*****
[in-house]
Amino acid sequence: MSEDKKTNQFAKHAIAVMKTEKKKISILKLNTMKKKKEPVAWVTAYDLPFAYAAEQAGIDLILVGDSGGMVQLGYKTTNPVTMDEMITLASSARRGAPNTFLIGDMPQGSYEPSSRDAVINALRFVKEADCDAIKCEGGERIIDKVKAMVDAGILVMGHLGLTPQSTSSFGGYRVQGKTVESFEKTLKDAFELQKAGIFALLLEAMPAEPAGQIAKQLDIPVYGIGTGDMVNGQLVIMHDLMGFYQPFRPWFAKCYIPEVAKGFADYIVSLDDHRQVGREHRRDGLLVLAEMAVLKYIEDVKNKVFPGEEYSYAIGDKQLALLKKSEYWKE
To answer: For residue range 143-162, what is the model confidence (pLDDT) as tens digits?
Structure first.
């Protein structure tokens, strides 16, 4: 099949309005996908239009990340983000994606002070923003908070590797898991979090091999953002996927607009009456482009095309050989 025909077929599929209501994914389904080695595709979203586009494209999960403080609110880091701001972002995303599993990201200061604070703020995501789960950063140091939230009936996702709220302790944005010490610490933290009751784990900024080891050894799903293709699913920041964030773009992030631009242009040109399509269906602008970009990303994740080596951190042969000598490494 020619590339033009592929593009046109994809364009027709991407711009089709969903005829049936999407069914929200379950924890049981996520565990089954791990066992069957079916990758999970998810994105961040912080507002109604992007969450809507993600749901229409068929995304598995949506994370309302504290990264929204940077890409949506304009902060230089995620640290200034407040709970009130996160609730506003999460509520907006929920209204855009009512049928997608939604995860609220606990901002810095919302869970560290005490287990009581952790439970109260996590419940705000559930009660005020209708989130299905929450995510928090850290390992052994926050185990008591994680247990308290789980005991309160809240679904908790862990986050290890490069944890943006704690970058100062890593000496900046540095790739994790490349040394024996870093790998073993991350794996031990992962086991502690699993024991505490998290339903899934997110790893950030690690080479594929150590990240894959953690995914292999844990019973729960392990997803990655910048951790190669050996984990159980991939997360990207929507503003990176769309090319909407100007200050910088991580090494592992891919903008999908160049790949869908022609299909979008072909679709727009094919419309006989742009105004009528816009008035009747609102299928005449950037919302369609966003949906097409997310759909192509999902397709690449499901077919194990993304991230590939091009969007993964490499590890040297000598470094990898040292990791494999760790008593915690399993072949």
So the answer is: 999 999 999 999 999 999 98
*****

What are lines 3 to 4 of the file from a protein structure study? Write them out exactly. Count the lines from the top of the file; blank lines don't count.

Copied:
To answer: For residue range 143-162, what is the model confidence (pLDDT) as tens digits?
Structure first.